Don't Go Crazy Without Me
Don't Go Crazy Without Me tells the tragicomic coming of age story of a girl who grew up under the seductive sway of her outrageously eccentric father. He taught her how to have fun; he also taught her to fear food poisoning, other children's infectious diseases, and the contaminating propensities of the world at large. Alienated from her emotionally distant mother, the girl bonded closely with her father and his worldview. When he plunged from neurotic to full-blown psychotic, she nearly followed him. Sanity is not always a choice, but for the sixteen-year-old, decisions had to be made and lines drawn between reality and what her mother called her "overactive imagination." She would have to give up beliefs carried by the infectious agent of her father's love.
Saving herself would require an unconventional reading of Moby Dick, sexual pleasure in the body that had confounded her, and entry into the larger world of political activism as a volunteer in Robert F. Kennedy's Presidential campaign. After attending his last stop at the Ambassador Hotel the night of his assassination, she would come to a new reckoning with loss and with engagement beyond the confines of her family. Ultimately, she would find a way to turn her grief into love.
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About the Author
Deborah A. Lott's memoirs, essays, and reportage have been published in the Rumpus, Salon, the Alaska Quarterly Review, Bellingham Review, Black Warrior Review, Cimarron Review, the Los Angeles Times, StoryQuarterly, the Good Men Project, the nervous breakdown, and many other places. Her family's legacy of hypochondria was featured on NPR's This American Life. Her first book, In Session: the Bond between Women and their Therapists, offered an unprecedented look at psychotherapy from the perspective of clients interviewed by the author. Her essays have been thrice named as "notables of the year" by Best American Essays. She teaches creative writing and literature at Antioch University, Los Angeles, where she serves as faculty advisor to Two Hawks Quarterly.com. She lives with her husband, Gary Edelstone, in Los Angeles.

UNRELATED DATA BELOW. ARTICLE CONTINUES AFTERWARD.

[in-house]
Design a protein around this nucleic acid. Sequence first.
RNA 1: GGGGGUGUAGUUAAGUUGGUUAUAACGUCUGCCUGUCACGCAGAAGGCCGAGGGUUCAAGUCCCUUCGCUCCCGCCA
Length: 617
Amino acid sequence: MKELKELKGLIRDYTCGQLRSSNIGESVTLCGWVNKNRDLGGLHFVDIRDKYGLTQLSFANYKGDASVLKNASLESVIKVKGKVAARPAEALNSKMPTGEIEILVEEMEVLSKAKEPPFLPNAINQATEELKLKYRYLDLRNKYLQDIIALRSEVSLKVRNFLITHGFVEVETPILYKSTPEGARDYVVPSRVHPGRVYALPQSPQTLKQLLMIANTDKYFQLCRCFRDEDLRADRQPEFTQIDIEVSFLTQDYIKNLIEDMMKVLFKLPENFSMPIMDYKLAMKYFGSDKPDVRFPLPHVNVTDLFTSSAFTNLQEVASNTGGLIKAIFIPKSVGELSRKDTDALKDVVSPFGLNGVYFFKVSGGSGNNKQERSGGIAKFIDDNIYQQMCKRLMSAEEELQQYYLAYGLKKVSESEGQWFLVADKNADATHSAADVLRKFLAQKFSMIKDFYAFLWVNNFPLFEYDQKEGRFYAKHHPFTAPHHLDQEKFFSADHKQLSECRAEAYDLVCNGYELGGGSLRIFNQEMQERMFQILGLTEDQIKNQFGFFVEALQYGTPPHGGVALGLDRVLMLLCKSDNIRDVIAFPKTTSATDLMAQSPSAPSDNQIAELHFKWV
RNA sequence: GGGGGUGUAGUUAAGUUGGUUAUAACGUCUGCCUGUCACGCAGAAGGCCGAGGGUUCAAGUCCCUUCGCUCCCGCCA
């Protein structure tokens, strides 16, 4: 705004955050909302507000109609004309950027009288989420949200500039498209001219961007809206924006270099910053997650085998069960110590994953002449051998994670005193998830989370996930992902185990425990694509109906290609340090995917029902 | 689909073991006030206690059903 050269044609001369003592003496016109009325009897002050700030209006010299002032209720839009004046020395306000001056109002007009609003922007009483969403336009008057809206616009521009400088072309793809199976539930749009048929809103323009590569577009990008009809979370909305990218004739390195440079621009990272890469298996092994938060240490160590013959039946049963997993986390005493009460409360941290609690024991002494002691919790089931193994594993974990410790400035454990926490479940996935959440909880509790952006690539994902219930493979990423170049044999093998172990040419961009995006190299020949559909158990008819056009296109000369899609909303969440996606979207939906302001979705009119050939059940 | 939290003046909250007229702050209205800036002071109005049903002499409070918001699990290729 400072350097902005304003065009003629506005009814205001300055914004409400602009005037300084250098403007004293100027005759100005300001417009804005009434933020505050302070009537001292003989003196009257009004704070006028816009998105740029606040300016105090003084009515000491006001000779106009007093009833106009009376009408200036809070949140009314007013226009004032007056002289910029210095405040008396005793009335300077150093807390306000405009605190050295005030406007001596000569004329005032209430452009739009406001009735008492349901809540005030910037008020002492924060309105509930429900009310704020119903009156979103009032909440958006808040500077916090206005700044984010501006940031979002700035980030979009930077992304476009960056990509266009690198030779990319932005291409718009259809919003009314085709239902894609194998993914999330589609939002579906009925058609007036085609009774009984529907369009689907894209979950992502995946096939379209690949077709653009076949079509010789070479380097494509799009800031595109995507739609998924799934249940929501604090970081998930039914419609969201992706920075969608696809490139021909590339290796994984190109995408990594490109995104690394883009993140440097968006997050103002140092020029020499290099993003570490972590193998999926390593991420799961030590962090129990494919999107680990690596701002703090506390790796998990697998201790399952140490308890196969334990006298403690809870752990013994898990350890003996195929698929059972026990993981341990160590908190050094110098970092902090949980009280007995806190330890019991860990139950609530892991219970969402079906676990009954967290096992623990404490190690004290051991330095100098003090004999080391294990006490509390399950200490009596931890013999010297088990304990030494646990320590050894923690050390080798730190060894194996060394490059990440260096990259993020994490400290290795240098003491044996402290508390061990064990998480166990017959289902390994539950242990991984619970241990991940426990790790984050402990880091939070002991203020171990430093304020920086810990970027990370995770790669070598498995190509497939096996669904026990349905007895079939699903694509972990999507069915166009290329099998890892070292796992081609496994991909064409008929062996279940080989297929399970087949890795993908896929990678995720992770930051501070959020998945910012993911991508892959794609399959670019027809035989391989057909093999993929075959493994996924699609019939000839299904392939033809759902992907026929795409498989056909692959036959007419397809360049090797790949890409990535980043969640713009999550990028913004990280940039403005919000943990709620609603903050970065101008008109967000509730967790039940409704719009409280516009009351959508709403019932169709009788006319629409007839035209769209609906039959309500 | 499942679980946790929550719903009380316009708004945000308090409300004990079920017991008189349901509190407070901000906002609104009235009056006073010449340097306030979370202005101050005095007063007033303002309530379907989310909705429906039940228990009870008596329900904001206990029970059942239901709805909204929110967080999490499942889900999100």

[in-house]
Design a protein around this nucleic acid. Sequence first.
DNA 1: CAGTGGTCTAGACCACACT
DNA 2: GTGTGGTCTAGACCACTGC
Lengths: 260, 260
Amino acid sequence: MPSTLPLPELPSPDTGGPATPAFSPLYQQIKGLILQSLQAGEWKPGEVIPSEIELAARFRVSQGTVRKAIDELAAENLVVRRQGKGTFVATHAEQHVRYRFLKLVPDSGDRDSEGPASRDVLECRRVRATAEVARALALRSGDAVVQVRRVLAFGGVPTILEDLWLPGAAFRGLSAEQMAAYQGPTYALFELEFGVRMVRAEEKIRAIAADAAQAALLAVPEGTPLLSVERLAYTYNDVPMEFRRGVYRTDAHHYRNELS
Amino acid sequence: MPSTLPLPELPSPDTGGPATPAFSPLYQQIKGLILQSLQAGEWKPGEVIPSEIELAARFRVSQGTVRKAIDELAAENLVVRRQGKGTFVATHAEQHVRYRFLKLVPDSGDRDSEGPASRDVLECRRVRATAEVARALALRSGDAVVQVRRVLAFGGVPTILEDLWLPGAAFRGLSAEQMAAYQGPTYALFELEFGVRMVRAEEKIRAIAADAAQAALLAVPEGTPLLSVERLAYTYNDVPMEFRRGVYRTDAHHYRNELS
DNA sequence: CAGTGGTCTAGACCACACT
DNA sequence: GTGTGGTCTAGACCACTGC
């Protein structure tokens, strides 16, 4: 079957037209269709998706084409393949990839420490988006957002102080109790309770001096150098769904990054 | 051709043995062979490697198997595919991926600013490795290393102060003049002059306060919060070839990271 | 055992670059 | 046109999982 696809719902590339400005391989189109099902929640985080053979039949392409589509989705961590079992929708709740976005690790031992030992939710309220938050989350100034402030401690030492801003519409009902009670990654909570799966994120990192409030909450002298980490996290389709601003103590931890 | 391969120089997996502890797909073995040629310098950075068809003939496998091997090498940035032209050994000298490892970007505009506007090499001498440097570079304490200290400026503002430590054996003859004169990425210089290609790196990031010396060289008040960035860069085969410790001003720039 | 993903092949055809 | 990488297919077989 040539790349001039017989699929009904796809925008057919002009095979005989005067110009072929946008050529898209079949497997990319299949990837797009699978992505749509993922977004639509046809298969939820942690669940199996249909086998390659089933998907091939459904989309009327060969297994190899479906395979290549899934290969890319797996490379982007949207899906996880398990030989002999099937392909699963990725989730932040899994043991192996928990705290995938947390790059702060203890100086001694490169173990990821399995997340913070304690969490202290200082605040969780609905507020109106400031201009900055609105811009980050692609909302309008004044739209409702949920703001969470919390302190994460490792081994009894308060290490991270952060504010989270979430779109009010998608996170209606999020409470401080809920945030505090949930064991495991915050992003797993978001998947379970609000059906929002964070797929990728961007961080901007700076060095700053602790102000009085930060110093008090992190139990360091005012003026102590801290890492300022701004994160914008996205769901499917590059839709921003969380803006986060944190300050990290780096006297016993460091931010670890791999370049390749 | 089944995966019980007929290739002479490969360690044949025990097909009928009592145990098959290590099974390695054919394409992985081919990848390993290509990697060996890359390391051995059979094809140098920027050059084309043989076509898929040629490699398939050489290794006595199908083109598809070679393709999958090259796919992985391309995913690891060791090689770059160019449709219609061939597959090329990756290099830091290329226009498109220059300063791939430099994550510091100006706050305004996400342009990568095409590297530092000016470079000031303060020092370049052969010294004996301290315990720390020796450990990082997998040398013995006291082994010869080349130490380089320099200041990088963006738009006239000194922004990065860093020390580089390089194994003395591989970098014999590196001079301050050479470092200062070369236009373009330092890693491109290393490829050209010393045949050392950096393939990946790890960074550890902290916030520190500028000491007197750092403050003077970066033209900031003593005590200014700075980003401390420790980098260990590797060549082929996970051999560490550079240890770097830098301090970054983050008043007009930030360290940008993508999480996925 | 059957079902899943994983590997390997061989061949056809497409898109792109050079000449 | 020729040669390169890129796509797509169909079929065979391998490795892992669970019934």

Op-ed in the Los Angeles Times: "Op-Ed: I'm the daughter of a hypochondriac. I know that fear of COVID-19 won't make us safer."
Deborah A. Lott's Don't Go Crazy Without Me is funny, horrifying, and heartbreaking--and often surprisingly, all three at once. It's an astonishingly vivid book, and to read it is to be caught up, just as the writer was, in an impossible, crazy, misfit family. Through grace and nerve and will, Deborah learns that you can't "screw nature," or "stop time," as her father tried to do, "but you could turn your grief into love." This writer's love for her deeply screwed-up family is unforgettable. As the best memoirs do, Don't Go Crazy Without Me makes this writer's story belong to all of us.
--Mark Doty, National Book Award Winner, author of the memoirs Firebird, Dog Years, Heaven's Coast, and multiple volumes of poetry.
Don't Go Crazy Without Me is an extraordinary book. Deborah A. Lott writes about everything--parents, children, bodies, illness, sex, writing--with a voice that is utterly clear and beautiful and funny and original. This is a book written with honesty that will both break your heart and enlarge it.
--Karen E. Bender, National Book Award Finalist and author of A Town of Empty Rooms, Refund, and Like Normal People.
Hilarious, devastating, and compassionate: Deborah A. Lott's Don't Go Crazy Without Me is written with a ferocious intelligence; it pulverizes memoir as we knew it. This is glorious work by a writer working at the height of her power.
--Paul Lisicky, author of The Narrow Door and Lawnboy
Sentence by sentence, Deborah A. Lott is one of the finest writers I know. Her keen insights into the dynamics of her quirky, unforgettable family, and into family dynamics in general, make this book bound to be a classic.
--Hope Edelman, author of Motherless Daughters
Brilliantly written with grace, generosity, and a highly refined sense of the absurd, Don't Go Crazy Without Me is the harrowing account of a chaotic, bewildering childhood. This reader was enthralled from the get-go, and Deborah A. Lott is now one of my favorite writers--I kiss the hem of her garment.
--Abigail Thomas, author of Safekeeping, Three Dog Night, and What Comes Next and How to Like It
Interviewed on 104.7 WONK-FM
Reviewed in the Jewish Journal by Jonathan Kirsch
Interview on Spirit of Story blog
Interviewed on the Kathryn Zox Radio Show on Voice of America